Here’s a quick update to summarize yet another 3-month adventure on the Freeride World Tour 2015!
If you’re new to these pages, let me just summarize by saying that I’m Head of Video and broadcast on the FWT since 2009. The interest in freeriding has grown steadily over the years, and so has the Freeride World Tour and the video productions that we deliver to fans and TVs around the world.
And if you’re new to freeriding, a few pictures speak a thousand words:
Photo credit: Freeride World Tour
(and a big shout out to the talented photographers capturing these spectacular photos!)
Since 2013 we bring live coverage to every competition.
That last sentence alone implies a monumental effort to bring live production facilities to the backcountry, where there are no pre-existing infrastructure: no electricity, no road or pist access, no nothing!
Besides the live production there are tons of other deliverables, from webclips and highlights to newscut and TV programs. That’s a pretty complex operation all in all, especially with the tight deadlines we have to meet to ensure distribution success and keep our sponsors happy. The average production team grew accordinly, from 10-12 people back in the days to between 35 and 40 people nowadays.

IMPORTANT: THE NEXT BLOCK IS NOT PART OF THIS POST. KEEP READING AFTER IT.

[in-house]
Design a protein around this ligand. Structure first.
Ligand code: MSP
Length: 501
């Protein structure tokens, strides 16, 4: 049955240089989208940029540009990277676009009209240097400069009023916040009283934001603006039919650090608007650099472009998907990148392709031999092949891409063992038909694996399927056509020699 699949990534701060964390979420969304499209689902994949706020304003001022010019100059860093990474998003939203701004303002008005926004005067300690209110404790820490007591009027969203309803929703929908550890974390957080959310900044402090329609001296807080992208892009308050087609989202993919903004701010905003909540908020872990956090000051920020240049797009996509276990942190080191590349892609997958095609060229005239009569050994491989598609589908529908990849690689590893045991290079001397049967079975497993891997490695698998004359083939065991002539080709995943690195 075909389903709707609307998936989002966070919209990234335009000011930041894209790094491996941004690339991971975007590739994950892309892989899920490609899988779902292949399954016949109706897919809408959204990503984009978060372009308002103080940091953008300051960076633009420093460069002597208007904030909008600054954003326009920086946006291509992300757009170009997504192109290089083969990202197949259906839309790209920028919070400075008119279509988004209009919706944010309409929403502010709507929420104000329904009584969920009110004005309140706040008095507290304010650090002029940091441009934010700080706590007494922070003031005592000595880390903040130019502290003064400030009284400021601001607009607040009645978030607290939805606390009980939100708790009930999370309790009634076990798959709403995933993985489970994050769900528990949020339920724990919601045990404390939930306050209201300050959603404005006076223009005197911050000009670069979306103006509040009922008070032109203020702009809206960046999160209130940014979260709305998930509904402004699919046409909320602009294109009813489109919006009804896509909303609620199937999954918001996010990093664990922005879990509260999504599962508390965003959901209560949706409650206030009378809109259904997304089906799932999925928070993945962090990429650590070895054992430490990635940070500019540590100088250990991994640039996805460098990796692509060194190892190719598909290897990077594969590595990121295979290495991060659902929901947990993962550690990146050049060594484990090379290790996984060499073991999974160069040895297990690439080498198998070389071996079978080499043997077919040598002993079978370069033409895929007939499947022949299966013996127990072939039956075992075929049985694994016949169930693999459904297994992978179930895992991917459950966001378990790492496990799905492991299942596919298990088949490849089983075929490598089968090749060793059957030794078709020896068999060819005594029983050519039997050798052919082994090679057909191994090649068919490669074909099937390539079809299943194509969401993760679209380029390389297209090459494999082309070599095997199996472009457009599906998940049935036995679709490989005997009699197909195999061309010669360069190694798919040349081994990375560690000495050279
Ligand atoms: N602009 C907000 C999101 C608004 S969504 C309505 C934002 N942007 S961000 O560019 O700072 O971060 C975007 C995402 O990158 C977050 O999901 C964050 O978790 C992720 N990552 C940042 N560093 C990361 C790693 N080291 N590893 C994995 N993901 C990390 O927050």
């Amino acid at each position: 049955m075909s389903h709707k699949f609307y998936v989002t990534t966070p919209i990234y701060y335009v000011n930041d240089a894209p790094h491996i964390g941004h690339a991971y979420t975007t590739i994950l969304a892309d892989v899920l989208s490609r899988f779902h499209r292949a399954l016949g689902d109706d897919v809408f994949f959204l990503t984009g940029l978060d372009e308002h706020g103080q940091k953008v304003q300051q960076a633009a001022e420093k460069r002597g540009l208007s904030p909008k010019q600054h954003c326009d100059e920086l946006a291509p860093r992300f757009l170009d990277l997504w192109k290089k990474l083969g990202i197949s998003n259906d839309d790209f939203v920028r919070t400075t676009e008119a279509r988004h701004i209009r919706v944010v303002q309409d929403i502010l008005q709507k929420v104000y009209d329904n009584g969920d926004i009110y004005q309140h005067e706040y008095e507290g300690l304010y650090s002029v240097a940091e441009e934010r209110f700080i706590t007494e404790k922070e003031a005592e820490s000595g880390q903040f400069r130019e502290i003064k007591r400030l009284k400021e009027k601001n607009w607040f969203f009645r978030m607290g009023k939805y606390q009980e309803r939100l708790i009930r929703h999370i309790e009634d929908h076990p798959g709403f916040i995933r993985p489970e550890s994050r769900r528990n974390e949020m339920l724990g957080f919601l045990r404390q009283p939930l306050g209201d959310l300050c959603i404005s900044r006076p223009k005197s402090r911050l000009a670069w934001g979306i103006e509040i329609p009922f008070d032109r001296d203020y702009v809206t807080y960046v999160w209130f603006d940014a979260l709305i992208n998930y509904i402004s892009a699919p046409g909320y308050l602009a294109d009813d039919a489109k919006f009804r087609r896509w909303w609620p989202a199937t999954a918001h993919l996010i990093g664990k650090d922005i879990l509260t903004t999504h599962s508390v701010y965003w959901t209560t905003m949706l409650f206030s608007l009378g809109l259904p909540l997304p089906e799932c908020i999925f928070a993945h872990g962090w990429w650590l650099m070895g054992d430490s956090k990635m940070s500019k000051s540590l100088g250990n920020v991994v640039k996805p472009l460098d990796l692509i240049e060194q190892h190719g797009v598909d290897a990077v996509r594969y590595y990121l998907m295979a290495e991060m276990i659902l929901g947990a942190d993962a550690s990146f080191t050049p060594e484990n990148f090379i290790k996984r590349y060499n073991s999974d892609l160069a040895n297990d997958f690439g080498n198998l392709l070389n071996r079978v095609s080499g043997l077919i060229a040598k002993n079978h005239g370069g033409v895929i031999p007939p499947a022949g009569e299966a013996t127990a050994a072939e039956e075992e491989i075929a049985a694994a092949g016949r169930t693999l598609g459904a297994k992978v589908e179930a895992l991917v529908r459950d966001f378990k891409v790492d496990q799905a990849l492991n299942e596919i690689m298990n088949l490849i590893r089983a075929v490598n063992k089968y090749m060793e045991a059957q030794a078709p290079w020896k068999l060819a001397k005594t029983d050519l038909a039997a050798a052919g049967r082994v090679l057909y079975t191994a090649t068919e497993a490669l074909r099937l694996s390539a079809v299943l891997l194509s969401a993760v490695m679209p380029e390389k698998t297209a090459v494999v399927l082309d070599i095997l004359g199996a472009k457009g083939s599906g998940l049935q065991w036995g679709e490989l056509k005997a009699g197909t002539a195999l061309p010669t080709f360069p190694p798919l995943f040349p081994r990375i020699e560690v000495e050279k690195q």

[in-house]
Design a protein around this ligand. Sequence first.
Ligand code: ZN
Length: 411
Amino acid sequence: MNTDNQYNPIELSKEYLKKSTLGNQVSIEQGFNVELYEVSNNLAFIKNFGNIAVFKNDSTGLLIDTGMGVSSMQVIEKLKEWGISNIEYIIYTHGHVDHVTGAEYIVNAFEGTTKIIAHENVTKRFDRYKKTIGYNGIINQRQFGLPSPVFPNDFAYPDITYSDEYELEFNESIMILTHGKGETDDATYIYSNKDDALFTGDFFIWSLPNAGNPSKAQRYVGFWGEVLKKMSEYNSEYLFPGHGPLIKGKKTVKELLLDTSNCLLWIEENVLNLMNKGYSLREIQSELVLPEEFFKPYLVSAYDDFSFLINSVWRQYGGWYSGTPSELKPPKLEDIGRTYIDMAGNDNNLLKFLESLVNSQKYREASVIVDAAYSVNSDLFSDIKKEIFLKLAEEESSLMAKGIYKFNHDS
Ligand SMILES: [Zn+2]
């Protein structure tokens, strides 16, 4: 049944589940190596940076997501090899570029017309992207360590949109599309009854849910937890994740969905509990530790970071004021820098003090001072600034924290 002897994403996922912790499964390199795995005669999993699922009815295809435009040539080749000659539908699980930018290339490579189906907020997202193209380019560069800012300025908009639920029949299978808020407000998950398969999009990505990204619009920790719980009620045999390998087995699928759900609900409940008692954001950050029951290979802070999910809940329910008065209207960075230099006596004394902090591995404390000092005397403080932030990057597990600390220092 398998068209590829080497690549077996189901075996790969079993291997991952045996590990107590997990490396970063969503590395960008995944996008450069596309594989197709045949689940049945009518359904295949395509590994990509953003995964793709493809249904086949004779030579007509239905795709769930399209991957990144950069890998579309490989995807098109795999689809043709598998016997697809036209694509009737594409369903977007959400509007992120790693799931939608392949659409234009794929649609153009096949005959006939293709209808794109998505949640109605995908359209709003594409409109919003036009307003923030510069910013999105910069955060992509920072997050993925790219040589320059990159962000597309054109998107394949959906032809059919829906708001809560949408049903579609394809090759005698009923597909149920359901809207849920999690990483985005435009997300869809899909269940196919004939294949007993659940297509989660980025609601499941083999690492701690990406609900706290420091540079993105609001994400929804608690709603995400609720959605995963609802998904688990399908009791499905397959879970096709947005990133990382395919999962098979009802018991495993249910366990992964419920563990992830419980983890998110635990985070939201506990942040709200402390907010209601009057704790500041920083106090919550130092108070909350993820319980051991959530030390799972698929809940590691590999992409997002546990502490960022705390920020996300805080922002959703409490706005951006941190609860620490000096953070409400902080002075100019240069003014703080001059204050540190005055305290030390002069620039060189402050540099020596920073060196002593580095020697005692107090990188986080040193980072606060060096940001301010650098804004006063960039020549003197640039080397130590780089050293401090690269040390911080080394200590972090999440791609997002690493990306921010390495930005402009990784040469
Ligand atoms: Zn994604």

They happily travel the world, shooting in freezing temperatures, editing in tents and hangars with gloves on, and so on as can be seen on these behind the scenes photos taken by David Carlier over the first events of the season:
2015 has been a very intense season on every level, first because of some exciting new locations, a new event with the Freeride Juniors World Championship held in Grandvalira/Andorra, and also because Mother Nature played some interesting tricks on us.
After a pretty smooth season start in Chamonix (see the best-of clip here), things got complicated in Fieberbrunn (Austria) due to tricky snow conditions. We had to relocate the event in just 48h to Kappl/Tirol to find the right snow conditions. Unfortunately bib number 2 Julien Lopez triggered an avalanche in the middle of his run. He immediately deployed his ABS airbag to stay on top of the avalanche (now a mandatory piece of equipment for the riders on the FWT) and the rescue team was near him in under a minute. Lopez could ski out of it unharmed, but it was a very stressful moment to handle live – especially as Julien Lopez is a very charismatic guy that a lot of people on the production team know and appreciate.
Fortunately this crisis scenario was something that we (race director, mountain guides, producer, director, commentators) were prepared for and we had our protocols ready. Of course such an incident raises a lot of questions. Our preparation was put into practice with the production of a press release and video clip above, detailing the dynamics of the avalanche and the safety measures taken prior and during the competition.
The response was well received among fans and media alike, and the decision was made to run two competitions during the next event window in Vallnord, Andorra. Things went well there, with one of the highlights of the season being the insane run from Sam Smoothy – that’s a must watch!